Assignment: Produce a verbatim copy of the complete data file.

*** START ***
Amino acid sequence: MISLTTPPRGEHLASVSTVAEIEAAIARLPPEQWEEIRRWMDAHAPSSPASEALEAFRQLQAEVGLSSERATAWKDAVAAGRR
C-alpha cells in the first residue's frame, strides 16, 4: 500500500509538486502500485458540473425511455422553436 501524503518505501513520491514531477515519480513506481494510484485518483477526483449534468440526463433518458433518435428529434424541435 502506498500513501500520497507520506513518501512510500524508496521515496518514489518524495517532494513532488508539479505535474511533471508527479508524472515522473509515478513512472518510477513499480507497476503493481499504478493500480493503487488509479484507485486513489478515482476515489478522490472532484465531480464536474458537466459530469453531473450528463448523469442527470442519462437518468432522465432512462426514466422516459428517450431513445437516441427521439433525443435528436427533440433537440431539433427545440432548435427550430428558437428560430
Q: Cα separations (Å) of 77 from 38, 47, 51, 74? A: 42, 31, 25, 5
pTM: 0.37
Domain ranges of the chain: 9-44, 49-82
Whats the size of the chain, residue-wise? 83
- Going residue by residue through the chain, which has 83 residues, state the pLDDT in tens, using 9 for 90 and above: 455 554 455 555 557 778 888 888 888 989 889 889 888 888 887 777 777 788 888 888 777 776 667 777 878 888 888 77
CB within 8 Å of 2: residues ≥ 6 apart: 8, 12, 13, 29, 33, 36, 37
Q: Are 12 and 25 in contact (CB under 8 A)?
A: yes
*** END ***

Amino acid sequence: MISLTTPPRGEHLASVSTVAEIEAAIARLPPEQWEEIRRWMDAHAPSSPASEALEAFRQLQAEVGLSSERATAWKDAVAAGRR
C-alpha cells in the first residue's frame, strides 16, 4: 500500500509538486502500485458540473425511455422553436 501524503518505501513520491514531477515519480513506481494510484485518483477526483449534468440526463433518458433518435428529434424541435 502506498500513501500520497507520506513518501512510500524508496521515496518514489518524495517532494513532488508539479505535474511533471508527479508524472515522473509515478513512472518510477513499480507497476503493481499504478493500480493503487488509479484507485486513489478515482476515489478522490472532484465531480464536474458537466459530469453531473450528463448523469442527470442519462437518468432522465432512462426514466422516459428517450431513445437516441427521439433525443435528436427533440433537440431539433427545440432548435427550430428558437428560430
Q: Cα separations (Å) of 77 from 38, 47, 51, 74? A: 42, 31, 25, 5
pTM: 0.37
Domain ranges of the chain: 9-44, 49-82
Whats the size of the chain, residue-wise? 83
- Going residue by residue through the chain, which has 83 residues, state the pLDDT in tens, using 9 for 90 and above: 455 554 455 555 557 778 888 888 888 989 889 889 888 888 887 777 777 788 888 888 777 776 667 777 878 888 888 77
CB within 8 Å of 2: residues ≥ 6 apart: 8, 12, 13, 29, 33, 36, 37
Q: Are 12 and 25 in contact (CB under 8 A)?
A: yes